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Incarnational Ministry

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Smith hopes to help Cincinnati Young Life meet students where they are.

To change the direction of young people’s lives, one must meet them first where they are located, physically and spiritually. For Johnny Smith (WC ’18), who recently became a full-time staff member in Young Life’s Cincinnati branch, that means returning to the sticky floors of high school.

“We like to use this term: incarnational ministry,” Smith said. “It’s the idea of stepping into other people’s worlds. It’s not just saying, ‘Hey, come to this event.’ We’re trying to build relationships and meet people where they are.

“(The more I learned about it), I was like, ‘Gosh, this is incredible. This feels like what Jesus was doing when He came to earth and how He did ministry.’ I fell in love with it.”

Young Life began in 1941 in the shadows of World War II. Jim Rayburn, a Presbyterian seminary student, was called to reach high school students disinterested in Christianity.

Rayburn helped found Young Life, a ministry whose approach is to go where teenagers are, develop friendships, and, by doing so, earn the right to be heard.

To see Smith at work, go to the doors of Cincinnati Princeton High School at the school’s dismissal, in the stands of the Vikings’ football and basketball games, or anywhere else students might congregate.

“There’s a ton of high school kids out there who don’t know Jesus and they’re not coming to church,” Smith said. “The easiest place to find where high school students are is in a high school. We’re trying to meet them on their turf.”

Smith said his time at Worthington Christian fostered a desire to be in a leadership position. He credits teachers like Dr. Joe Price and Mrs. Rhonda Hearon for building a strong knowledge of the Bible and a sense of discipline he needed.

“The administration set us up with the way they loved us and showed how everything is connected to the Bible,” he said. “The way we were treated was a constant reminder that Jesus cares for and loves me.”

Smith didn’t discover Young Life until after graduating from Worthington Christian. A friend talked Smith into attending a leadership meeting while the WC grad attended Columbus State.

Smith, who led a fellowship group of classmates while he was a student at Worthington Christian, said Young Life was a perfect fit for him.

“(After high school) I wasn’t completely sure what I wanted to do with my life,” Smith said. “Someone said, ‘Hey, this might be an option for you.’ They have a week of events for college students, specifically freshmen, to help people get involved with the ministry.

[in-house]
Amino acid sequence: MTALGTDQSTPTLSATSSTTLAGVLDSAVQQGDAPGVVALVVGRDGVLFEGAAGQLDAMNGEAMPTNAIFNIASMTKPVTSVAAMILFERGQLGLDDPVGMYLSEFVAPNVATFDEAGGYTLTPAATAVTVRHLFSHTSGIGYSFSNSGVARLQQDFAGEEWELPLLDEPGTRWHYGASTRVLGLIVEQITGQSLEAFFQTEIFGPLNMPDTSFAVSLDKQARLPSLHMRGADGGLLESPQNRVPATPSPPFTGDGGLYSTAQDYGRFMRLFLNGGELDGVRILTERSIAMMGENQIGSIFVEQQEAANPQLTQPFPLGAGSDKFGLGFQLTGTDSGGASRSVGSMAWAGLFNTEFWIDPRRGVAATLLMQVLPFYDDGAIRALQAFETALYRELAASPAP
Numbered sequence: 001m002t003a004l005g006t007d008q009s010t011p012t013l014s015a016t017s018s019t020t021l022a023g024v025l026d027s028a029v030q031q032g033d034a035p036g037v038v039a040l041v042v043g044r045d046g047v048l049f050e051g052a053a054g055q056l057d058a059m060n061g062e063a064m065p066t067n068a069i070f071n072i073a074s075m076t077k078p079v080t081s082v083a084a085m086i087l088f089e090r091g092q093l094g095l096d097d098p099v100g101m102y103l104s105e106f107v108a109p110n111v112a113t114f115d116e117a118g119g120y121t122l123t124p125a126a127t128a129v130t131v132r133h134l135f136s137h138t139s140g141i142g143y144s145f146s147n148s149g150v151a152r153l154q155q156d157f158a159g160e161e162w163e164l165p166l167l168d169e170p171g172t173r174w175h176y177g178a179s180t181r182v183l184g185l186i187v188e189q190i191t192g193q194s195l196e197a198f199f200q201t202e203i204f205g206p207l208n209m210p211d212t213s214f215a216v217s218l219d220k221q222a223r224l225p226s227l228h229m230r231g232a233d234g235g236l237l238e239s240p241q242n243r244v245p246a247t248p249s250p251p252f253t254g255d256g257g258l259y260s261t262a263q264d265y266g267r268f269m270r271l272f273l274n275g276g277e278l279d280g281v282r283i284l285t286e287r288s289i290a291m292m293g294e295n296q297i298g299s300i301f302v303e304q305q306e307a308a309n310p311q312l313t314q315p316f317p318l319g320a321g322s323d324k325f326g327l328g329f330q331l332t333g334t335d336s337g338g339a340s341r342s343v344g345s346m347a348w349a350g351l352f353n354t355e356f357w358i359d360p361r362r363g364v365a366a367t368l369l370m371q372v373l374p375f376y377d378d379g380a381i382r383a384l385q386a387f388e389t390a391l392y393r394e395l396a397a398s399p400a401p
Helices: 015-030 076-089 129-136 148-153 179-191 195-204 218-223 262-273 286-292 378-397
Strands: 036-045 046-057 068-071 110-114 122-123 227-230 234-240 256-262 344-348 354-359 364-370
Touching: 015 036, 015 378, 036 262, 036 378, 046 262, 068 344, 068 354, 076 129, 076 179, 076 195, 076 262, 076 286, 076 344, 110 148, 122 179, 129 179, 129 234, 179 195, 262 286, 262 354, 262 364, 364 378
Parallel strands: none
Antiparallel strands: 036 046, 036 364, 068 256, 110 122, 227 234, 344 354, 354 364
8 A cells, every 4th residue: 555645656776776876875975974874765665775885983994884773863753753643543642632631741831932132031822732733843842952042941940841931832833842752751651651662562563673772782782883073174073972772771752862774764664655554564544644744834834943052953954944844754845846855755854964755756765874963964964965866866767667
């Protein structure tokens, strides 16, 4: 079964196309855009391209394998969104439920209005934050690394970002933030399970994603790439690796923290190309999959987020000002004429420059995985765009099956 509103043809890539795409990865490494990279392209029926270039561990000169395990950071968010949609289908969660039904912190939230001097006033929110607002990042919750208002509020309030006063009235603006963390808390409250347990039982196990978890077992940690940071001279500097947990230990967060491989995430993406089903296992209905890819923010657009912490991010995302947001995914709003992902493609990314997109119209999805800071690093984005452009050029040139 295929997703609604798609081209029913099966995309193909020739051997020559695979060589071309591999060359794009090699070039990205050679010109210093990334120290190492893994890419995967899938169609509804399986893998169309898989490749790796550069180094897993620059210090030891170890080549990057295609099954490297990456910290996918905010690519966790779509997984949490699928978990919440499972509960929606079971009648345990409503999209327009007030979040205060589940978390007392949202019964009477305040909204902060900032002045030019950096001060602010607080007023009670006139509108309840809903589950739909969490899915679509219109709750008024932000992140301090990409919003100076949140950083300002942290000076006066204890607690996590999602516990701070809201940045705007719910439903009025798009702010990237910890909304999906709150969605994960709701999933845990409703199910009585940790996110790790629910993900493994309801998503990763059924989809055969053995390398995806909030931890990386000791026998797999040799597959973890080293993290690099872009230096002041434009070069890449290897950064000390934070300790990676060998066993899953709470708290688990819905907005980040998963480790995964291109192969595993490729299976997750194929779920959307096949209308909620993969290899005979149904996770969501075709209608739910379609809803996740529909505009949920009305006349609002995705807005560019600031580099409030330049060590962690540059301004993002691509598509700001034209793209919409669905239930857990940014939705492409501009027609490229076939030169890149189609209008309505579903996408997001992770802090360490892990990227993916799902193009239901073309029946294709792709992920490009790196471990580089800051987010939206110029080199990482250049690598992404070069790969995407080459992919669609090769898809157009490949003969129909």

“I thought, ‘I’ve not been around people that were this fun and still love Jesus.’ I did not want to become a leader initially, but I quickly realized these people are extremely missional.”

Smith served as a Young Life leader for almost four years in Columbus, directing groups at McCord Middle School in Worthington for six months and at Dublin Scioto for nearly three years.

“I probably spent an equal amount of time at Scioto as I did at Ohio State,” he said with a laugh.

A recent study by Barna shows one in four teens (22%) worldwide and one in three teens in the United States consider themselves a committed Christian. However, 77 percent of high school students in the United States are motivated to learn what Christ has to offer.

After high school, the numbers become bleak. A study by Fuller Seminary states youth groups often focus on “providing entertainment and pizza rather than building up young people in their faith.” With a lack of the formation of spiritual roots, teens struggle to maintain their faith after they leave home. Studies by Barna and USA Today state nearly 75 percent of high school students who said they were Christians in high school fall away from their faith after graduating.

According to Smith, all one needs to experience the necessity of Christian missionaries is sit in the bleachers of a high school sporting event.

“After hearing the conversations around you for about 20 seconds, you say to yourself, ‘This is a dark place,’” he said. “It’s broken, and the kids are hurting. Depression, anxiety, and suicide are on the rise. Young people are looking for anything to fill that God-shaped hole in their lives.”

To become a full-time staffer for Young Life, leaders must raise enough money to support themselves and their ministry. According to Smith, the only thing harder than reaching teens is asking for the money to support his mission.

“That’s easily the worst part of being on Young Life, and I almost didn’t go on staff because of that,” Smith said. “It’s very humbling, but (the amount of support I received affirmed God has put me here. It’s refreshing to know I’ve got people behind me.”

Learn more about supporting Smith’s ministry. 

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